Old-school Muse are truly mind-boggling. They still are, but I feel like they have become a little bit kitsch in recent years, with their extravagant symphonies and so on. This album has some crazy lyrics, like:
And my plug in baby
Crucifies my enemies
When I’m tired of giving
Yeah, I think you probably have to be on mushrooms to understand that one. There’s a whole kind of shivery vividness to all the guitar on this, especially when it is at its most searing (Hyper Music) or delicate, and also Matt Bellamy’s voice, achingly beautiful on the cover of Feeling Good, dark and melancholy on Citizen Erased and Screenager, and a bit mental on Plug in Baby. I guess I listen to this album when I want something to fire an electric shock in my mind and clear away the excess. I also wish I could enter the weird space that the music creates, or find some way to do that with writing. The video for Plug in Baby is also very unsettling, with lots of tentacles floating about and women being plugged into machines and things. Stuff being turned inside out; abjection.
Dodie Smith, I Capture the Castle (1948)
You know those books you read when you are about eleven and you can’t stop re-reading them? This was one of them for me. It’s a beautifully written bildungsroman about a young girl in a somewhat dysfunctional family trying to make do in a crumbling castle, while her father descends into alcoholism and her sister marries the wrong man. It’s about falling in love and growing up and appreciating the little things, and being loyal and good to people. I admire it mostly for the emotional eloquence and the way Smith captures the narrator’s voice so well, but also just love how she evokes the whole world of the castle and the family with such poetic detail.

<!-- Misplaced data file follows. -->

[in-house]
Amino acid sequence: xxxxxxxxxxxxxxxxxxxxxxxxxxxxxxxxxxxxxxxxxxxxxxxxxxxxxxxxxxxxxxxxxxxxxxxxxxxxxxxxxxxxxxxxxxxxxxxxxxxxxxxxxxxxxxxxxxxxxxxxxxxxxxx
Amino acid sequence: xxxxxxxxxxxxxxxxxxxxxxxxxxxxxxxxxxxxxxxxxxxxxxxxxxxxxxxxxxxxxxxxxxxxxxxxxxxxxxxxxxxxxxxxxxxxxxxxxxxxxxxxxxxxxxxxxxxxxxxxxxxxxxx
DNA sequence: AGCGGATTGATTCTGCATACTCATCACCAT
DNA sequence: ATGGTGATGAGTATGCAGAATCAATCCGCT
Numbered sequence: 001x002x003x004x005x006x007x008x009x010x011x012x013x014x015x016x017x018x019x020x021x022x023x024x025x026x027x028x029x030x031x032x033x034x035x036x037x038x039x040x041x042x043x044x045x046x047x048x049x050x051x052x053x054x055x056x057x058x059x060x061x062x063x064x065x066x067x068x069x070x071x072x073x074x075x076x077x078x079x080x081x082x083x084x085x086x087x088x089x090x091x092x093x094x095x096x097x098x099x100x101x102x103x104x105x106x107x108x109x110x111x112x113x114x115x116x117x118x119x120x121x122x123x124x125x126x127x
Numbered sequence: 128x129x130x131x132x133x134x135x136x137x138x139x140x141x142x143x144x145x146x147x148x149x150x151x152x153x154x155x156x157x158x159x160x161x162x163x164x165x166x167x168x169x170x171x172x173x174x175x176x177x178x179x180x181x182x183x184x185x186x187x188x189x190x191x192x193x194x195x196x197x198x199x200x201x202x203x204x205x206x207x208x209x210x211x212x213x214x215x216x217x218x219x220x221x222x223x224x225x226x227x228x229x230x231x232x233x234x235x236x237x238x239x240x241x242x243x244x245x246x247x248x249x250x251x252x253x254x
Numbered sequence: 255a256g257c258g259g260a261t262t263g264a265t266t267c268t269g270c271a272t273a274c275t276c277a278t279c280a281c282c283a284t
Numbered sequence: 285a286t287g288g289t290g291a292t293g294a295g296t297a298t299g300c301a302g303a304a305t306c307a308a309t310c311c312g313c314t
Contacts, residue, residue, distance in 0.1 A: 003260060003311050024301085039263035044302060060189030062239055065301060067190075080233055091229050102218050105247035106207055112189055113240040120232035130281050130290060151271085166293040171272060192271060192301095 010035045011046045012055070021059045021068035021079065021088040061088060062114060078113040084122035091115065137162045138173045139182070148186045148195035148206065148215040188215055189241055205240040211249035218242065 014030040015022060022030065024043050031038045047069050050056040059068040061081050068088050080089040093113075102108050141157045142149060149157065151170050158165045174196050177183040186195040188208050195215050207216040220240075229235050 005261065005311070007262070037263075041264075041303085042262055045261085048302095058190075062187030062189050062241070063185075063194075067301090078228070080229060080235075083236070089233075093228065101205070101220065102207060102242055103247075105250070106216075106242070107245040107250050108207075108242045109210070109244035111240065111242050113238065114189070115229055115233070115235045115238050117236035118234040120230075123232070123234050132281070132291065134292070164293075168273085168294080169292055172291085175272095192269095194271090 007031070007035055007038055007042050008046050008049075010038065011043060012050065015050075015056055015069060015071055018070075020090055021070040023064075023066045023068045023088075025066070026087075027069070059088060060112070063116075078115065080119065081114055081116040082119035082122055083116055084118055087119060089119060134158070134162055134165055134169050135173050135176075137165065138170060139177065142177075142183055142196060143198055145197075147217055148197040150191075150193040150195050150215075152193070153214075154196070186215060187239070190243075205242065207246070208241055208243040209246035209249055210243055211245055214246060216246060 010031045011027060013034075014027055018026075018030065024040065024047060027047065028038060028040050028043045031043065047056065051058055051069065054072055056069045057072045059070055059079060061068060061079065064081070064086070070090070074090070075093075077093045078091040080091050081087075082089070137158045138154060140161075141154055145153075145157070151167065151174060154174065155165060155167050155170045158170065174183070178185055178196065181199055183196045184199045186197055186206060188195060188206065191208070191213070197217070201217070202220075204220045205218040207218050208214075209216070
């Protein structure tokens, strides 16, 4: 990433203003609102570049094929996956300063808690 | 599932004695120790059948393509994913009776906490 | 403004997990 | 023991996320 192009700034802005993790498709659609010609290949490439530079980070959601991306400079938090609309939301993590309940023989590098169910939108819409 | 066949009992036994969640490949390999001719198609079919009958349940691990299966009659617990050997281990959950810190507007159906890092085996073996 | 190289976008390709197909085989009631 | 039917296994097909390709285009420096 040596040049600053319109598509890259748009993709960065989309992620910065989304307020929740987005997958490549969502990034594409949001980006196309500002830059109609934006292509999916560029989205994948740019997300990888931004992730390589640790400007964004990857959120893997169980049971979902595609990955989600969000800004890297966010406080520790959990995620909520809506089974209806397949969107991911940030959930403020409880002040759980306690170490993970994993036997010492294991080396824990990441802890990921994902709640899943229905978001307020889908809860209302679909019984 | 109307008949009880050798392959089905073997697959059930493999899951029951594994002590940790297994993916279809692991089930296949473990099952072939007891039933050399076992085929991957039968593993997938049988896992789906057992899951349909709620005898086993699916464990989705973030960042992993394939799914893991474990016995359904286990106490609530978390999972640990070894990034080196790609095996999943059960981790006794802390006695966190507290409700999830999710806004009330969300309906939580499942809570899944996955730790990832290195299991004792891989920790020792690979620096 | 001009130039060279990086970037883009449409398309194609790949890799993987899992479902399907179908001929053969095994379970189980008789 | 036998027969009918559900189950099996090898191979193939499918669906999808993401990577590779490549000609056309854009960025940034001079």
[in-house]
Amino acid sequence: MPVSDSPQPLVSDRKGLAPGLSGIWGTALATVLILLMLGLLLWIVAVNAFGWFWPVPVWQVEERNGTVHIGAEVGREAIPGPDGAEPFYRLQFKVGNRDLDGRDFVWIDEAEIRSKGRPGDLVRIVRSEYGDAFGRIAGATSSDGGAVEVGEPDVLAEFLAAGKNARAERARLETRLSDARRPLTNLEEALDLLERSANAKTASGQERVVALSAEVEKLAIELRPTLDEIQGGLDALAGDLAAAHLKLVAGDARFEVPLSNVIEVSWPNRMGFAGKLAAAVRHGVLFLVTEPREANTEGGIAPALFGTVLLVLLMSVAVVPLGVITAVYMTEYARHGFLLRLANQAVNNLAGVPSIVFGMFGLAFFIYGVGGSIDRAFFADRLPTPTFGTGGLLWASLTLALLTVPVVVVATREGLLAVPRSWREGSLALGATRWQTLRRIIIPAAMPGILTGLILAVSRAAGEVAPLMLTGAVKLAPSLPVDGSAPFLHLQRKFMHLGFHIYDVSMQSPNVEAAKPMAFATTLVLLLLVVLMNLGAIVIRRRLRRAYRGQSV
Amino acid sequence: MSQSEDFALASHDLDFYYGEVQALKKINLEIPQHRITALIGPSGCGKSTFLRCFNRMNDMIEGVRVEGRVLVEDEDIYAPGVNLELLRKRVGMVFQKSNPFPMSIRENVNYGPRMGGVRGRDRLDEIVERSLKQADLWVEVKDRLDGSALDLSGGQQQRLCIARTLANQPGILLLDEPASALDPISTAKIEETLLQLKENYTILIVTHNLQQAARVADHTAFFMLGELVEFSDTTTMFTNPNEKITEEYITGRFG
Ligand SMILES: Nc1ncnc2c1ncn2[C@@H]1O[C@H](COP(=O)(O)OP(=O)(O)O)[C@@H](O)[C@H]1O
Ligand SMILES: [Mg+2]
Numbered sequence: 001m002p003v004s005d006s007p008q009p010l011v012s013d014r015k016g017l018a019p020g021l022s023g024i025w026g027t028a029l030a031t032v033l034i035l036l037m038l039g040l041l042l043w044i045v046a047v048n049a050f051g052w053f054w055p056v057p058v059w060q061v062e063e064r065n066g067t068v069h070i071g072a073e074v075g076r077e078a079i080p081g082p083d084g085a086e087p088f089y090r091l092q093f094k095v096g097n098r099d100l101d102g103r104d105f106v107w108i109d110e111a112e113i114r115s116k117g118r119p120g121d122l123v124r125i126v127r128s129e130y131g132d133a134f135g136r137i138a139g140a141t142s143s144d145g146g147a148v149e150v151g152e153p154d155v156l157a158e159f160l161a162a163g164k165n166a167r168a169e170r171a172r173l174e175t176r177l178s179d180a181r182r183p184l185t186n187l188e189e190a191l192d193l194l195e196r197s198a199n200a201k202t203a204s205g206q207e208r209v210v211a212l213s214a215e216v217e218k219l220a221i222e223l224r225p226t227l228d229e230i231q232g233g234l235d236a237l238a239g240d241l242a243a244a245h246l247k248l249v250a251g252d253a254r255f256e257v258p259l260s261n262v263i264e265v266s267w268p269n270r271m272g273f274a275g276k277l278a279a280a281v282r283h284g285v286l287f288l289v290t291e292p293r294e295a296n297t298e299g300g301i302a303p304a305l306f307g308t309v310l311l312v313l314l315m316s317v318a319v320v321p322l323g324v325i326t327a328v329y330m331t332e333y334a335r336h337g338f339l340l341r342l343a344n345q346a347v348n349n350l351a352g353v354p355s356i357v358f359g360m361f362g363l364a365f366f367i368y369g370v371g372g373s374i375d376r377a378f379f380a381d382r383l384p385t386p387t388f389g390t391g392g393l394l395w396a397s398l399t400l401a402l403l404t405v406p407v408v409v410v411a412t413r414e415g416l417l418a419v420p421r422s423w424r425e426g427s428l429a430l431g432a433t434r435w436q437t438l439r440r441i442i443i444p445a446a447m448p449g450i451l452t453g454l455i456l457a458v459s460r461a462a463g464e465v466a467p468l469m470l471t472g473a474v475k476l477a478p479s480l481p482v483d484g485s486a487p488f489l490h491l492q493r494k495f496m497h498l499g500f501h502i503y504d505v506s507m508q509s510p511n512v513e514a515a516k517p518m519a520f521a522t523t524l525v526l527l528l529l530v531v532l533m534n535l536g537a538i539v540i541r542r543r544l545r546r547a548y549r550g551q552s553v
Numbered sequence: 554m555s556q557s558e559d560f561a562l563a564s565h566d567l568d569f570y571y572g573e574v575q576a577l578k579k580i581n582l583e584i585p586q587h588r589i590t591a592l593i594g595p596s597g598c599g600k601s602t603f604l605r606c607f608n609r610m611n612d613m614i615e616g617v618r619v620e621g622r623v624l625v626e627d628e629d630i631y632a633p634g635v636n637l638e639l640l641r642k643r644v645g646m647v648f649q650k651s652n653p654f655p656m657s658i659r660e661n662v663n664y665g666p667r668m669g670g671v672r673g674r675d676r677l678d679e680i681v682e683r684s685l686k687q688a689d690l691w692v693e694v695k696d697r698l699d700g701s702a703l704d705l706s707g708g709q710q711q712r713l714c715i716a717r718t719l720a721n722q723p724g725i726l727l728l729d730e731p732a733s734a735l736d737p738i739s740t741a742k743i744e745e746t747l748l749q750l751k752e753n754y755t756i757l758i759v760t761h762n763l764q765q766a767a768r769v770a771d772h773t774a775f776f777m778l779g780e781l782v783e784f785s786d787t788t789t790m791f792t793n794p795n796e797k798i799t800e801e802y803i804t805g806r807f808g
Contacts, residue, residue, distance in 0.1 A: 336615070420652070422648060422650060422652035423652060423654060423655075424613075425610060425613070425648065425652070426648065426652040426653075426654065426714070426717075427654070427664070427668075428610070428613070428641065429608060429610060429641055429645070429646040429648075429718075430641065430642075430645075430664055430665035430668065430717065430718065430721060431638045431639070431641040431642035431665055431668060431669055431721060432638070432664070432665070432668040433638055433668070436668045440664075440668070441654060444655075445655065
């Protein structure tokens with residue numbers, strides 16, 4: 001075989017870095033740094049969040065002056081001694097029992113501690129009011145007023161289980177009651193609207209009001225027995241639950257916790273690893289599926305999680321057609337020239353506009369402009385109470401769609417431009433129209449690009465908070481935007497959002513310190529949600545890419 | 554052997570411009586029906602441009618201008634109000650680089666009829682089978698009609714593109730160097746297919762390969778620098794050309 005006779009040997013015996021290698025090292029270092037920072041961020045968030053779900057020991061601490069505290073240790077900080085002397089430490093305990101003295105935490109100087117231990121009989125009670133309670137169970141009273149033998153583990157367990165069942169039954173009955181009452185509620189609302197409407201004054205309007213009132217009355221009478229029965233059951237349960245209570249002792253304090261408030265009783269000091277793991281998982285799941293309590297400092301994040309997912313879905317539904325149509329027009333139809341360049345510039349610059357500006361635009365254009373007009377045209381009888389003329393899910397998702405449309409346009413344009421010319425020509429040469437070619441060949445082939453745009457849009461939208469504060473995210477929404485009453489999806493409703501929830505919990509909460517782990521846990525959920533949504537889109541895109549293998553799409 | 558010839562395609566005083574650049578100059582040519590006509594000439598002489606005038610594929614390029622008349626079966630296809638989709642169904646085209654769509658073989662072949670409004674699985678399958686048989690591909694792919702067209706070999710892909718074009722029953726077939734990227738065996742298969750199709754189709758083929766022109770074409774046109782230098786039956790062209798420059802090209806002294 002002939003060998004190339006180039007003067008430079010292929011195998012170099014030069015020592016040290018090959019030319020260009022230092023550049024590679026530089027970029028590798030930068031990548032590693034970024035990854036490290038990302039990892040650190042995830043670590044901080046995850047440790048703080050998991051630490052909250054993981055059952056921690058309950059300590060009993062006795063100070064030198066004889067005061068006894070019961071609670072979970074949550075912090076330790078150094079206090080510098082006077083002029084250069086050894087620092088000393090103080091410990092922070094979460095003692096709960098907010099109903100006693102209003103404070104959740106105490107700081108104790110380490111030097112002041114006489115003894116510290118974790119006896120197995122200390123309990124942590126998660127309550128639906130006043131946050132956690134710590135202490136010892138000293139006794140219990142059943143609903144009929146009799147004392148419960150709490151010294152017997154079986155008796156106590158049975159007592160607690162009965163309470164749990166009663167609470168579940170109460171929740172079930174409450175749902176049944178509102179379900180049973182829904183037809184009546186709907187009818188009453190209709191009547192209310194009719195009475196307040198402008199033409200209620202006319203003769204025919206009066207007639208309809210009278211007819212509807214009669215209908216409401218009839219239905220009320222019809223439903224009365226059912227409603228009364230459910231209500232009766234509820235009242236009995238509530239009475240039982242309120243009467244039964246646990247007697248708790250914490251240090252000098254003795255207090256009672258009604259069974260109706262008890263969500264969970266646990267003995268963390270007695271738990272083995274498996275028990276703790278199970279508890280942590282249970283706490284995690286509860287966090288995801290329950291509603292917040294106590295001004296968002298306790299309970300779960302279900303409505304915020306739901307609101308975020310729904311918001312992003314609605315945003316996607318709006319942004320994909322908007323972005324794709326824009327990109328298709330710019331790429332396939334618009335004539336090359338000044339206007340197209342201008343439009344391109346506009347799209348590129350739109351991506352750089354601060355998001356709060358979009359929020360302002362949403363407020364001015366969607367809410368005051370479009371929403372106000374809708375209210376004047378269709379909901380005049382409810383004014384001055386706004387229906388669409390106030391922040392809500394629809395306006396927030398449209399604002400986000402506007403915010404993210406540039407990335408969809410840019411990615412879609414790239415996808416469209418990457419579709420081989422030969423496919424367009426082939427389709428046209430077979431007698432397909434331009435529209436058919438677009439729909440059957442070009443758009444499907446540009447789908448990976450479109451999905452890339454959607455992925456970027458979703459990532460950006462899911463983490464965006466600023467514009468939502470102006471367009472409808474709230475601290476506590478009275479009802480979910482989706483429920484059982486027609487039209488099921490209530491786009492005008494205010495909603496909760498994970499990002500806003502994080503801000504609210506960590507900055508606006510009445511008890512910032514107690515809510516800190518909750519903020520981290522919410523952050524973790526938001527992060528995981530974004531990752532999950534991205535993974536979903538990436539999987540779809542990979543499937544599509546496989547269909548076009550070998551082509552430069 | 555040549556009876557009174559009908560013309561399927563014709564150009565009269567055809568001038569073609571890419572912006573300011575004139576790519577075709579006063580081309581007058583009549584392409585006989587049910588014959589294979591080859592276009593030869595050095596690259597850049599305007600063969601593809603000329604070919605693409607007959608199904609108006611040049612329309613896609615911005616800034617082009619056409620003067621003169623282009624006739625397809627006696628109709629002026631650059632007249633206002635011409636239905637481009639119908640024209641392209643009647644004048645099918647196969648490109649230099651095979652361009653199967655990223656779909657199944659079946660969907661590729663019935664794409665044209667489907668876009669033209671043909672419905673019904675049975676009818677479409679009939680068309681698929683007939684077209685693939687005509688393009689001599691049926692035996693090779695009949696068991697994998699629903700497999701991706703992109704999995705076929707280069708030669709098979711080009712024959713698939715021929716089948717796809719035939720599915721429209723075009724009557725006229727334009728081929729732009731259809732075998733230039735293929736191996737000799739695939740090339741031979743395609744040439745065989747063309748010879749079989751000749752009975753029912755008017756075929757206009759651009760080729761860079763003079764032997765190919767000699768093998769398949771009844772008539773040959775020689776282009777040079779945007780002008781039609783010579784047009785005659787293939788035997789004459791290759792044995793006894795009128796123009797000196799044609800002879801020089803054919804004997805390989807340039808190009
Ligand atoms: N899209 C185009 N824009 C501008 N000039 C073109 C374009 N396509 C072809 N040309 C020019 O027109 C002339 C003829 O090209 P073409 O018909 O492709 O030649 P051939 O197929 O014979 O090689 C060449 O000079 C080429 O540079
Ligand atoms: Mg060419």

Sylvia Plath, Collected Poems.
I didn’t really ‘get’ poetry until I read Sylvia Plath. I know it’s a cliche to admit, but it was the first poetry that really spoke to me in some dark and never-understandable way. Sometimes I get bored of it now, but other times I read it again and the freshness of some of her images really strikes me. Read ‘Berck – Plage’ and ‘Sheep in Fog’. I guess its her imagery that I like best, but also she has a way with concision that I could probably learn from.
William Wordsworth and Samuel Taylor Coleridge, Lyrical Ballads. (1798)
I love these two because basically they can teach you all you need to know about nature and imagination. Well, sort of. I have a nostalgic relationship with them because it reminds me of first year and trying to sort out how the hell to read and write about poetry. Wordsworth basically invented the way we see and write poetry today; not as an imitation of an ideal form but a crafted ‘expression’ of individual thought and perception. It also makes me appreciate little bits of nature, though in a different way from how Emily Bronte makes me want to go to the countryside and run breathless through fields in the rain.